Honoring Ethnic Roots By Embracing Cultural Diversity
Christ Church of Chicago is more than a building, it is a community. Immediately following World War II, thousands of previously-interned Japanese-Americans moved across the country and many settled in Chicago. Serving these newcomers from its original location in Lakeview, this congregation was once made up of a majority of Issei (1st generation), Nisei (2nd generation), and Sansei (3rd generation) Japanese-Americans. Since moving to 6047 North Rockwell in 2000, the congregation describes itself as “an Open and Affirming Congregation of the United Church of Christ,” evolving into a more diversified community that still honors its Japanese roots.
The structure consists of an original church and parsonage from the 1920s and an addition from 1953 that is now the sanctuary. It was home to St. Mark’s Lutheran Church, from 1926 until a membership decline in the 1990s forced the parish to close. In 2000, the property was sold to Christ Church of Chicago, whose members welcomed the opportunity to expand into a new home and neighborhood. while celebrating its Japanese-American heritage. Inside the sanctuary artwork and architecture of Northern European influence remains in place alongside elements of Japanese culture combined with Christian symbolism.
Coming from a history of racial hatred and discrimination, Christ Church of Chicago has faced issues including the Vietnam War, racial discrimination, and homophobia with activism and community outreach. Today, the congregation works with other organizations like the Heartland Alliance and A Just Harvest and participates in the larger Asian Pacific Islander community in Rogers Park and West Ridge. The church hosts Karate classes in the basement gym and participates in community fairs and food festivals serving Halal noodles, a new addition to show support for Muslim neighbors.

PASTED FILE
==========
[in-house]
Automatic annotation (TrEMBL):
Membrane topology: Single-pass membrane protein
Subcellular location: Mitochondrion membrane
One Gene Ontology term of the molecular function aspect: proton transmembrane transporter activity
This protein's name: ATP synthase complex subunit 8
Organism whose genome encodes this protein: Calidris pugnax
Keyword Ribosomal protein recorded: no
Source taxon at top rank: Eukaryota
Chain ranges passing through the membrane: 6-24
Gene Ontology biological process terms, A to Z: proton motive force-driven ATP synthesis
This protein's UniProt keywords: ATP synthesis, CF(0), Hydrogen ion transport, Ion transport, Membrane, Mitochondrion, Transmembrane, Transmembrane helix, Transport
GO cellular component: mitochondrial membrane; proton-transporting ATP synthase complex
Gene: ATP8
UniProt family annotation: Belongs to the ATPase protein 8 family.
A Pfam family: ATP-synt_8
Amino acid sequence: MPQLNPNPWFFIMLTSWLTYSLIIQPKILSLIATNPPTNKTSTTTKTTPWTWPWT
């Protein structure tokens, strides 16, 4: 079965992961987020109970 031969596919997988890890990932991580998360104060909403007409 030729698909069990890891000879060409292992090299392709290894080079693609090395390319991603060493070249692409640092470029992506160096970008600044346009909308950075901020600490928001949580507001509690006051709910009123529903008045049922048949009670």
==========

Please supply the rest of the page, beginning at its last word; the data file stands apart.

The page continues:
A Space Where All Are Welcome
In 2018, the Church furthered its commitment to creating community space by planting a prayer garden open to the public for respite and contemplation.
In the new garden area, next to the front steps is a Welcome Sign reading “May Peace Prevail on Earth” in English, Arabic, Japanese, and Hebrew.
On the north side of the building, a food pantry, book exchanges, and bike racks were an Eagle Scout project entirely self-funded and meant to be free and open to whoever passes by. There are non-perishables in the food pantry and books to loan in the book exchange boxes; one book exchange for children and another for adults.